Ben Tuff swam 19 miles from Block Island to Jamestown last year to raise money, and now he's found another, longer challenge to support his work for a clean, healthy ocean that's accessible to everyone.
Tuff plans to swim the length of Narragansett Bay, 25 miles from Providence to Newport, on July 22. He's trying to raise $100,000 for Clean Ocean Access, an environmental nonprofit agency where he serves as president. Tuff says it will mark the first time anyone has swum the length of the Bay.
“We can’t sit back and think our oceans will heal on their own," Tuff said in announcing his swim, adding that the organization works "day in and day out to eliminate marine debris, improve water quality and protect and preserve shoreline access."
Tuff, 41, has already swum two fundraisers for Clean Ocean Access, raising more than $160,000 with a 23-mile swim around Conanicut Island in August 2020 and last summer's swim from Block Island.
A recovered alcoholic, Tuff says he wouldn't have the discipline or drive to complete such tests of endurance, if he hadn't quit drinking a decade ago.
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"I am, by far, in the best shape I've ever been in in my life," he says. "I know I wouldn't have the drive and the mission-based mindset."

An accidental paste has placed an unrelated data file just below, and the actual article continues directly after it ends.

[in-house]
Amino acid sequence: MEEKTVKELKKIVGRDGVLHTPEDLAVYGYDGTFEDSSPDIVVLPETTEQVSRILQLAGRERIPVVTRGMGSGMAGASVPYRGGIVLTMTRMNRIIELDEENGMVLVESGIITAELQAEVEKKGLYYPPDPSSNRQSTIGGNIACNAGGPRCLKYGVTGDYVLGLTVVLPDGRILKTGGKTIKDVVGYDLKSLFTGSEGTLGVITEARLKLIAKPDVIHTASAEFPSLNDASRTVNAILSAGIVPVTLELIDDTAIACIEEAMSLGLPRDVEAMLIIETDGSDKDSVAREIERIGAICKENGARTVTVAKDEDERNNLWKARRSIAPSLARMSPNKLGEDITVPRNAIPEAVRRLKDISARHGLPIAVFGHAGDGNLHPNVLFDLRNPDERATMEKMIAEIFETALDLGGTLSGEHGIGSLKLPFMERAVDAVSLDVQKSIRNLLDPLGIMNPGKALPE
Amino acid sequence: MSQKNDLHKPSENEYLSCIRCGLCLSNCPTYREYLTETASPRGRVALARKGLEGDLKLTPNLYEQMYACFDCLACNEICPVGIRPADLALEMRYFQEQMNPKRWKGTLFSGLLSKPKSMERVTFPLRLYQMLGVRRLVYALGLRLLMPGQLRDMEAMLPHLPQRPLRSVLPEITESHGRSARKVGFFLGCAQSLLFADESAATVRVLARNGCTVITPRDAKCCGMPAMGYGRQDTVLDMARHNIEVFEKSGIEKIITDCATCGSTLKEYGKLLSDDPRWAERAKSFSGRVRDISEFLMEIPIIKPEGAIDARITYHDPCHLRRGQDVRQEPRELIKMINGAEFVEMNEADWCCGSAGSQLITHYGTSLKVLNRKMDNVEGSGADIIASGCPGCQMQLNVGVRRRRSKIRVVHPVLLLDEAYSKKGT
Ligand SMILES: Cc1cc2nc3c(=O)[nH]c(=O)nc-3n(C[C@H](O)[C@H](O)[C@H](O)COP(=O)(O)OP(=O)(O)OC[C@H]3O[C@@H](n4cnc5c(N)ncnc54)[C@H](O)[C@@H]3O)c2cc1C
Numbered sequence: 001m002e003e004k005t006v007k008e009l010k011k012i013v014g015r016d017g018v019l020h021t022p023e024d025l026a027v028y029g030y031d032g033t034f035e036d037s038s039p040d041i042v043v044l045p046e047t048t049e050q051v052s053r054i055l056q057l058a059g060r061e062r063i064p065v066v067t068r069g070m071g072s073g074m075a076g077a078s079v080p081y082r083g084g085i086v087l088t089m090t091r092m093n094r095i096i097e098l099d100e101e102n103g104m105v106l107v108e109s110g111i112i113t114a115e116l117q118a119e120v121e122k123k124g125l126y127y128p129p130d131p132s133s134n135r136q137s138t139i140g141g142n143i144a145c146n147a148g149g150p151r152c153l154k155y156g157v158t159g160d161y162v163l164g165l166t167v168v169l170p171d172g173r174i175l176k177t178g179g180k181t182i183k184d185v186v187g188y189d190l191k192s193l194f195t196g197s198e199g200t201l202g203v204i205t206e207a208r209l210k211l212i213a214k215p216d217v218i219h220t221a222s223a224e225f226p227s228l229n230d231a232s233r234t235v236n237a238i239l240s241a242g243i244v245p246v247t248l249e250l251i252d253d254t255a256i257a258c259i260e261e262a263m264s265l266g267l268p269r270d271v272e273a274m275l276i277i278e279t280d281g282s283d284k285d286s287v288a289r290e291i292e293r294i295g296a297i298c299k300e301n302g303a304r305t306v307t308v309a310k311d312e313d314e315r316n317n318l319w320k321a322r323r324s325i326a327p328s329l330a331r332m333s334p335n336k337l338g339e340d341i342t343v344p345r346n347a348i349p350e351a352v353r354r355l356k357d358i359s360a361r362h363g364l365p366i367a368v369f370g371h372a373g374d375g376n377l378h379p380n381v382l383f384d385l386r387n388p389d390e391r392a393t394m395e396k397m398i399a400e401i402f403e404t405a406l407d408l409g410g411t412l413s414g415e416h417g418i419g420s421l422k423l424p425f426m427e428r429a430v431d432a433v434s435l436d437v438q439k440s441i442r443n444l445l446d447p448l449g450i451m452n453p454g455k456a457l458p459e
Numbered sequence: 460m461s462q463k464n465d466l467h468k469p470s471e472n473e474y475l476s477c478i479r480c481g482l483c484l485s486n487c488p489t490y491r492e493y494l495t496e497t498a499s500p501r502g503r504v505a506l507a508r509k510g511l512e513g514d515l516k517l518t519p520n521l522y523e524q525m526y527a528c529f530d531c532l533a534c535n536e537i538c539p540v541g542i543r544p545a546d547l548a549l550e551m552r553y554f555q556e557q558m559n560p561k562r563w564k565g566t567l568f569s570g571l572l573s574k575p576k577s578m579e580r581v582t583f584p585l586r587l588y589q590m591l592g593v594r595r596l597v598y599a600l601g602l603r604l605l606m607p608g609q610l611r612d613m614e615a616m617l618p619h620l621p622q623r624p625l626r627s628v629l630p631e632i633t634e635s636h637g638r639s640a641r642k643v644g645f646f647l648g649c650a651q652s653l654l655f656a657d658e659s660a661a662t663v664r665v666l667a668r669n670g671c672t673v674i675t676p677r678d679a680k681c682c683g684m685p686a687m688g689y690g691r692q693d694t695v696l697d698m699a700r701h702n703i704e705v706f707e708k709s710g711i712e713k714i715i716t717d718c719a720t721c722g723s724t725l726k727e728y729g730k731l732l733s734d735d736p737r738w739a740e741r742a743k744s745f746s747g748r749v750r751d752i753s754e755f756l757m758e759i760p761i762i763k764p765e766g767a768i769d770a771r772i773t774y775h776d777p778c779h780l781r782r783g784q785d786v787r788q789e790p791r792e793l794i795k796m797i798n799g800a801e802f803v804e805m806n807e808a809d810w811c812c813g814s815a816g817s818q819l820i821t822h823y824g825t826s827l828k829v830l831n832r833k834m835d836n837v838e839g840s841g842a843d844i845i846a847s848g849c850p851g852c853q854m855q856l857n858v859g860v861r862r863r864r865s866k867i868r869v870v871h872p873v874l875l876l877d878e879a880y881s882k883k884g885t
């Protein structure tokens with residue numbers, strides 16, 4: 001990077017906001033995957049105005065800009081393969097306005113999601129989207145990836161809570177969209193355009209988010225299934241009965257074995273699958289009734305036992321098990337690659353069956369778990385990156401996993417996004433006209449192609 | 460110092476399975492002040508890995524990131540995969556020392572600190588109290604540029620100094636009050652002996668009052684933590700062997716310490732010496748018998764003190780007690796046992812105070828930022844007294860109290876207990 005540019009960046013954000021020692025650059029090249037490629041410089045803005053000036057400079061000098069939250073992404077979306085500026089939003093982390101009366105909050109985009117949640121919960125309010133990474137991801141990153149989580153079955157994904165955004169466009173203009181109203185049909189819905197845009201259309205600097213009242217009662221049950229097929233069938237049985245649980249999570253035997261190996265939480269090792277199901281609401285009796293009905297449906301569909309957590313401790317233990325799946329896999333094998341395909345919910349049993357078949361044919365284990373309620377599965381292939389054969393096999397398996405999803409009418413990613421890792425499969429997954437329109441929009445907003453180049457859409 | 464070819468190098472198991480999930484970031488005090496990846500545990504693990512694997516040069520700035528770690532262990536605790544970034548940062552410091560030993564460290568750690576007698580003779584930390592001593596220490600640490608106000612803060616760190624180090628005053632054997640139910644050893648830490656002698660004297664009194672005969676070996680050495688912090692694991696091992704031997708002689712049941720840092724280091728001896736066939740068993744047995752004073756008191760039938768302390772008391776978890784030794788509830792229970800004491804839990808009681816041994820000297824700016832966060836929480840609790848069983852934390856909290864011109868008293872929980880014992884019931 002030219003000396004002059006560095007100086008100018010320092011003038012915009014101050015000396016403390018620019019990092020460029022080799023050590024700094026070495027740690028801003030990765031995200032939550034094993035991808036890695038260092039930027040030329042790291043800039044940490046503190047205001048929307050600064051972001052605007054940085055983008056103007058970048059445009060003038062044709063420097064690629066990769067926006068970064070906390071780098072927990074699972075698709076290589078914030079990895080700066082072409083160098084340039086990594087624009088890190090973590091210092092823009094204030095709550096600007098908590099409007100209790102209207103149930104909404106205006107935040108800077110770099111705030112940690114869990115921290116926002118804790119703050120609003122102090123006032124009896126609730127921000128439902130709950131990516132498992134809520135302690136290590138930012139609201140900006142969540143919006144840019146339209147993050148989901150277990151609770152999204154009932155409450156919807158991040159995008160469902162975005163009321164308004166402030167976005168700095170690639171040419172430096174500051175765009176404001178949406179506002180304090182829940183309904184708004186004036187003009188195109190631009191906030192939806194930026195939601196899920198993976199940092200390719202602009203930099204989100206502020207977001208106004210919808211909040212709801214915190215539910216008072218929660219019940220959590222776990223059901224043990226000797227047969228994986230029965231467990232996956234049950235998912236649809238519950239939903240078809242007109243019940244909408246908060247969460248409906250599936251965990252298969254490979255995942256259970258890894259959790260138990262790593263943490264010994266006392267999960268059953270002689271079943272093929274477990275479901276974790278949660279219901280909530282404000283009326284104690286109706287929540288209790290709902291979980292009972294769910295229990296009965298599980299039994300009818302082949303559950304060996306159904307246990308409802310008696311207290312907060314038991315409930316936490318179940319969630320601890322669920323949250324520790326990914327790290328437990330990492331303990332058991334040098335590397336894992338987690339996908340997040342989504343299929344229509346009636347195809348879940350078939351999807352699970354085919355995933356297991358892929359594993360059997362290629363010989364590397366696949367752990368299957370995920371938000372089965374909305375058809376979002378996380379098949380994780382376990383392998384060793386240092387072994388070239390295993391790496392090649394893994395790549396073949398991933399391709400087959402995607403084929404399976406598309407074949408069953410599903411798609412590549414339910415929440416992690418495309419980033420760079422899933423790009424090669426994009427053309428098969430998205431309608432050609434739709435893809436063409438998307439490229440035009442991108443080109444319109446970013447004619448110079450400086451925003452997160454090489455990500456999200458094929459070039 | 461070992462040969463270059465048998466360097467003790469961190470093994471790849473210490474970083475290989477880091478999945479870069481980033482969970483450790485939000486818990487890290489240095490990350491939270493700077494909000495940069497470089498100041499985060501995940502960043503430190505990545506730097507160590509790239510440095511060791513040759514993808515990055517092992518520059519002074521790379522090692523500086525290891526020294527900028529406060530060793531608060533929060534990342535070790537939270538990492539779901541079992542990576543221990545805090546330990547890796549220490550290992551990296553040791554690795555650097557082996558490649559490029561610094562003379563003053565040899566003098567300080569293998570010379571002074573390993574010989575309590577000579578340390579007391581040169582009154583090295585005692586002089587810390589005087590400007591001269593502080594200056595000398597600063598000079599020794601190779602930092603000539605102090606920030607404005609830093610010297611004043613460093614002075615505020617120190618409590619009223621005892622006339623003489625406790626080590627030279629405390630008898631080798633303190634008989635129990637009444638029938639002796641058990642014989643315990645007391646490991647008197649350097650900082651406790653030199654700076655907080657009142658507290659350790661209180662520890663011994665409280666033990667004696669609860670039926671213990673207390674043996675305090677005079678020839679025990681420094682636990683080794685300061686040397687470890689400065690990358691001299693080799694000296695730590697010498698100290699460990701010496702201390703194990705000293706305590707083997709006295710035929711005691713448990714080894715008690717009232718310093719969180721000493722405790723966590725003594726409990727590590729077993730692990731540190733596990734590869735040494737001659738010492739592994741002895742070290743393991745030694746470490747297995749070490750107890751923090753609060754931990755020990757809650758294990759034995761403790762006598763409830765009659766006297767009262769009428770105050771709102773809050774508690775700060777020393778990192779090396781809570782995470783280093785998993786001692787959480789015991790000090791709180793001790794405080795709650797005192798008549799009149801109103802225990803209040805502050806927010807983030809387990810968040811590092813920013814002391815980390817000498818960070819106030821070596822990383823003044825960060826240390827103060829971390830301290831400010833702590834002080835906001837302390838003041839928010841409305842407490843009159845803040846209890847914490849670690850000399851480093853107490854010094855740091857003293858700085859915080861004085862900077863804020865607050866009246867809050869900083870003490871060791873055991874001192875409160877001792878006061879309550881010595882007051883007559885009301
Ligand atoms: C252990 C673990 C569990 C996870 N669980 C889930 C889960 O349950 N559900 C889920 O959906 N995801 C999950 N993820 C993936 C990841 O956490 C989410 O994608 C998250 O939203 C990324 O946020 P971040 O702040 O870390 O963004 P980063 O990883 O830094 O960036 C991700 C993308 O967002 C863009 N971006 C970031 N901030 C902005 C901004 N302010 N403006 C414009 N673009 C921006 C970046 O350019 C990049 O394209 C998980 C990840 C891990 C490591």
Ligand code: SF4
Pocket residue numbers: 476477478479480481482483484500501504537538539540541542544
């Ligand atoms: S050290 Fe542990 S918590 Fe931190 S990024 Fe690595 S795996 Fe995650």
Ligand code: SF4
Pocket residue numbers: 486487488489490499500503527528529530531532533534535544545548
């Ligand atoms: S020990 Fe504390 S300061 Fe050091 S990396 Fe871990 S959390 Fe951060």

Tuff grew up in Jamestown and still considers it home despite a job in Connecticut. He typically swims two hours a day. Last Sunday, he did an eight-hour swim and plans a five-hour swim this weekend, as he tapers down for the fundraiser.
Tuff says wasn't much of a swimmer before a sponsor suggested he try the sport. Even now, he doesn't consider himself a great swimmer. He hopes his experience can also encourage people to try new challenges at any point in their lives.
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An upcoming documentary called “Swim Tuff: How I Swam My Way Out of the Bottle” will explore Tuff's story. By being open about this struggle with alcohol, Tuff says he hopes it will encourage at least one person to live "a healthier life."
For last year's swim, Tuff's big concern was the potential that he'd share the water with great white sharks as he swam across Block Island Sound. To prevent a possible encounter, Tuff wore an electronic device designed to repel the fish.
This year, Tuff isn't worried about sharks, but he says strong tides in the Bay will create problems. He plans to start with the tide, but since he expects to swim for about 14 hours, he will also have to swim against the tide.
Heavier boat traffic could also create challenges, especially near the finish. Tuff plans to emerge from the water at the Newport Folk Festival, an area likely to be filled with water craft as fans enjoy the music.
He's still trying to figure out the logistics of the finish, but says "there's no better way of putting the spotlight on the health of the ocean" than finishing amid a crowd of people enjoying it.
Information on donating to Tuff's swim is available on Clean Ocean Access's website.
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This article originally appeared on The Providence Journal: Man's swim from Providence to Newport will raise money for ocean